3 Tips for Increasing Happiness at Work

Given that many of us will spend up to one-third of our lives at work, it’s not surprising that happiness at work is a topic of concern. Research shows that our happiness at work determines how motivated, productive, and engaged we are.

As an ACHIEVE trainer for the Psychological Safety in the Workplace workshop, I have had many discussions with participants and teams about workplace well-being and satisfaction. I am often asked, “What actions and circumstances best lead to happiness at work?” 

The answer? Happiness at work is complex. Various influences and factors contribute to our well-being at work including organizational culture, the alignment between our values and the organization’s, and the level of job compensation and security.

While some of these factors may be beyond our control, happiness can be enhanced through specific behavioural and cognitive practices, referred to in positive psychology as “positive interventions.”

Here are three positive interventions you can use to increase your happiness at work:

Strive for the Happiness Zone

Research shows that 40 percent of personal happiness results from our own actions, behaviours, and thought patterns. This 40 percent zone is where you have some control over your happiness and where practicing positive interventions will be most helpful. However, this practice will be different for everyone. Some people are happiest when they accomplish a goal at work, while others feel most happy when they are connected and collaborating with colleagues. It’s important to understand which activities contribute to individual happiness at work.

Prioritize the behaviours, actions, and conditions that lead to a sense of well-being during the workday.

One way to begin is to prioritize the behaviours, actions, and conditions that lead to a sense of well-being during the workday. Take note of activities that seem to uplift your mood during the week. Carefully observe your workdays, becoming mindful of the activities, behaviours, or situations that create a sense of a good day versus a bad day. Look for a pattern across the days and weeks. Are there certain activities, situations, or circumstances that consistently seem to contribute to a positive workday? Make a conscious effort to prioritizing doing more of them.

Focus on Meaningful Interactions

The importance of interpersonal connections at work is noted in ACHIEVE’s book, The Culture Question: How to Create a Workplace Where People Like to Work. People are more apt to feel satisfied and engaged when they have positive relationships at work.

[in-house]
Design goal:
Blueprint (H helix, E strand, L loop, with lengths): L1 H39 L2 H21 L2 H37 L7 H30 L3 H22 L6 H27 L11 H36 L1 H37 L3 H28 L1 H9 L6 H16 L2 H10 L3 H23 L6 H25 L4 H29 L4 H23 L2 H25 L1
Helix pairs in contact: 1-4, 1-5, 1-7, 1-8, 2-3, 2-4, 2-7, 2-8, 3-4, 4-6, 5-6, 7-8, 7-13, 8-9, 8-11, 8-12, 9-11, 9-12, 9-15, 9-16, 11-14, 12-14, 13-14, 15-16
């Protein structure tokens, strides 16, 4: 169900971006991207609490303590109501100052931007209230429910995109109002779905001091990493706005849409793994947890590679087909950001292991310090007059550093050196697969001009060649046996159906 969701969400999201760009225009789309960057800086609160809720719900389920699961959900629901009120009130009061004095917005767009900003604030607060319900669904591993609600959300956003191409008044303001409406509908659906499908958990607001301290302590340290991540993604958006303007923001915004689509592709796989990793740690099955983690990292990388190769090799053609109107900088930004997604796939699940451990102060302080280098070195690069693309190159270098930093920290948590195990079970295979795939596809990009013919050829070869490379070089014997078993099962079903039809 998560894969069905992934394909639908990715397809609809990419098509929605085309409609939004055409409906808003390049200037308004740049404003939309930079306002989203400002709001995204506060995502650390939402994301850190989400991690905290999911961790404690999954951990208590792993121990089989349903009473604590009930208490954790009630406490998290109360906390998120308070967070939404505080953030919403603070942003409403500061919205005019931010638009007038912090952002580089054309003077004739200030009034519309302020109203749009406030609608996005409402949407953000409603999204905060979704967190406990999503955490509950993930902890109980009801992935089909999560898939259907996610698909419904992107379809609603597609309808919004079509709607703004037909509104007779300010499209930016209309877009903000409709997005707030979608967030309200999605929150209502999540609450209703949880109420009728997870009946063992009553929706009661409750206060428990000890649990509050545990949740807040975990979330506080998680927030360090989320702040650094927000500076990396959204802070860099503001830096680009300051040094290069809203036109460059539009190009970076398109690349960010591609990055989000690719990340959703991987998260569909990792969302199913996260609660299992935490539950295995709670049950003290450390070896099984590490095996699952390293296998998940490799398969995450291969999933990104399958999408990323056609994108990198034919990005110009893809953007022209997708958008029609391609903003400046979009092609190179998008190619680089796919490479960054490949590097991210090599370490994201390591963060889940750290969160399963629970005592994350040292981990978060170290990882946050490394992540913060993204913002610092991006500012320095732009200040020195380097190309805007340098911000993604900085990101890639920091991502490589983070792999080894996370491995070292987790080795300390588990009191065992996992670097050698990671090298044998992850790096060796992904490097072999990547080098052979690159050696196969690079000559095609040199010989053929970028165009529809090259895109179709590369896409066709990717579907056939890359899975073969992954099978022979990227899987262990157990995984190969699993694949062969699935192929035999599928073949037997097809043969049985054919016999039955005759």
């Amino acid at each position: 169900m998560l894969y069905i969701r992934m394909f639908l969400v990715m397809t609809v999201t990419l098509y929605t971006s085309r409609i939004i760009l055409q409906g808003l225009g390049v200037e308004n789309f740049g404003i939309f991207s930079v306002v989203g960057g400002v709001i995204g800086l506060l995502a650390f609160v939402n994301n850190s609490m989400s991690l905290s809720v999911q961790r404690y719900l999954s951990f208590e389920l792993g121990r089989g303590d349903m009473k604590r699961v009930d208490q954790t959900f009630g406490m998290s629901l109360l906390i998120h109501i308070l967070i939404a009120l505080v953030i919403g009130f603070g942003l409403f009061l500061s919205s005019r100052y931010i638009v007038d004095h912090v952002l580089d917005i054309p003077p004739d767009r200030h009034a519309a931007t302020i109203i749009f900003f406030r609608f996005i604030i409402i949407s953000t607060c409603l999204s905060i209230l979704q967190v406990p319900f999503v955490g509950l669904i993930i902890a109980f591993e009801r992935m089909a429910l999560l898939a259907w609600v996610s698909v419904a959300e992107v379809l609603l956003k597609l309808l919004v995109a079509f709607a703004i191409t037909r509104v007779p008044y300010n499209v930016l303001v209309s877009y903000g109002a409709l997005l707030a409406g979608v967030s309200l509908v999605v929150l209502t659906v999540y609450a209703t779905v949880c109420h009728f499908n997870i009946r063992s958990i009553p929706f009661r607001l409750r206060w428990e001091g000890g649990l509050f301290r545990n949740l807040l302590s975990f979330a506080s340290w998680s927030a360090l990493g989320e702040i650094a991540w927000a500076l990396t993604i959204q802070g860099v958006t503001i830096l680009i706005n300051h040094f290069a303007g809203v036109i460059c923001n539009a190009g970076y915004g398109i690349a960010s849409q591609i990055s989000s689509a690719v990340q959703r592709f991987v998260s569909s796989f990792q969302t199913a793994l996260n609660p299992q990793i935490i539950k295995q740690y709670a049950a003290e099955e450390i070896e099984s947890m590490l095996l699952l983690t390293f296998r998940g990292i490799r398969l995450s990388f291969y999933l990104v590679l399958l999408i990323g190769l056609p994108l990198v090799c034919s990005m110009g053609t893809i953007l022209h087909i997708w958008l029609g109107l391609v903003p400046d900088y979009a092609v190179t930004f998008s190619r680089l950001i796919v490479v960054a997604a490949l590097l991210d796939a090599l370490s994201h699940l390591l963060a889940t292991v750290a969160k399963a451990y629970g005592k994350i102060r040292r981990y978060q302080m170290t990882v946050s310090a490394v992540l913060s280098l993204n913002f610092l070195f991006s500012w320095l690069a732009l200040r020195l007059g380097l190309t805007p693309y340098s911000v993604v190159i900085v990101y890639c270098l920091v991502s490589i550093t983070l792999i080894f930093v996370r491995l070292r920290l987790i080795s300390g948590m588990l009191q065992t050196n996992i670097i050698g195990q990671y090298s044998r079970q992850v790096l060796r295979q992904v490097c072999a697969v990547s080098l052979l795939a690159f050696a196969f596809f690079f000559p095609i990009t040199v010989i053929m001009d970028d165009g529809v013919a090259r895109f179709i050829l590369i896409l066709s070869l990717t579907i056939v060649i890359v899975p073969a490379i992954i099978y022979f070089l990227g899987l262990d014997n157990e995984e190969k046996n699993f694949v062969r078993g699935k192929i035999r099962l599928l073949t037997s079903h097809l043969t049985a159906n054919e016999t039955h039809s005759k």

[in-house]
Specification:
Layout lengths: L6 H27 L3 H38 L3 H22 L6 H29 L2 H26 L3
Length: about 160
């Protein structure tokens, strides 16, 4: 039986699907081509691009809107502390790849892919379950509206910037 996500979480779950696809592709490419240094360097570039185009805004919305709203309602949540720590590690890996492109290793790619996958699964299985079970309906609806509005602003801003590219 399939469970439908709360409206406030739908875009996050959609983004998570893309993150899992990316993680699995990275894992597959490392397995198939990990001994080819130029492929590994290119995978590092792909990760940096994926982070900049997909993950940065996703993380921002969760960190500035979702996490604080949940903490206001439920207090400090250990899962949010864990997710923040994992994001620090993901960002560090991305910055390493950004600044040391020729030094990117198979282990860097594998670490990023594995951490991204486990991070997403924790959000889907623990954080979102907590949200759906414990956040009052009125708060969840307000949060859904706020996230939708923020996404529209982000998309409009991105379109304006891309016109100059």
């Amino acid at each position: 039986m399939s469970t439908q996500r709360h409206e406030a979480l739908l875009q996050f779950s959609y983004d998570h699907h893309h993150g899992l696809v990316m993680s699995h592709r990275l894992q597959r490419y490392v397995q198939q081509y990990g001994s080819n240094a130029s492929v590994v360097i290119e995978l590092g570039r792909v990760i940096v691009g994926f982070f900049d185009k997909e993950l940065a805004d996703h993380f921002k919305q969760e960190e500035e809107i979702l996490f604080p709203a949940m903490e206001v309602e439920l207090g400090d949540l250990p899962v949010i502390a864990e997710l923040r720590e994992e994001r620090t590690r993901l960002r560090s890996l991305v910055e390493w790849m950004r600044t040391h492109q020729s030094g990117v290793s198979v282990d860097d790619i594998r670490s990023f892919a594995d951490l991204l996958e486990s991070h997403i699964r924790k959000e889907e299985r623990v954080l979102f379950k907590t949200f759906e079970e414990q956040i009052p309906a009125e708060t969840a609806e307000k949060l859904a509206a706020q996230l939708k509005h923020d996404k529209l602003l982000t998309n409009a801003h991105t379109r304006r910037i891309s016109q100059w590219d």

A first step to creating meaningful connections at work is to improve your listening skills and increase the depth and value of your interactions. During a workplace interaction, consciously choose to actively listen to what someone has to say and invite them to share more during the conversation. Researchers refer to this as listening generously – we allow the person to have the entire spotlight to feel genuinely listened to and validated.

Simple responses like “That’s great, I’d like to hear more,” or “It sounds like this is important to you, I’d like to learn more,” can make a team member feel more valued, resulting in increased well-being at work. As the listener, you feel good too because you are creating a more meaningful interaction. Remember, the more connected and positive interactions we have with work colleagues, the happier our work experience.

Generate Gratitude

Completing a gratitude exercise even once a week has been proven to increase happiness over time. There is no better place to practice gratitude than at work, given the amount of time we spend there.

People are more apt to feel satisfied and engaged when they have positive relationships at work.

One of the most simple and effective ways to practice gratitude is by keeping a gratitude journal. Record the things in your workweek you felt grateful for. Examples may include compliments you received about your work, small wins or accomplishments, or completing a difficult task. To make this team-based, try keeping a gratitude jar.

Invite your colleagues to join you in recording things they are grateful for. Use sticky notes, or if you are a virtual team, post something on a virtual collaborative whiteboard. On Friday, go through the notes. The best part of this simple exercise is the immediate uplift in mood and perspective shift that occurs from recognizing just how many things went well during the workweek.

Workplace happiness takes effort and practice, but the result is improved well-being, greater productivity, and stronger workplace connections – all of which can result in decreased stress and more work satisfaction. Happiness at work is truly worth the effort.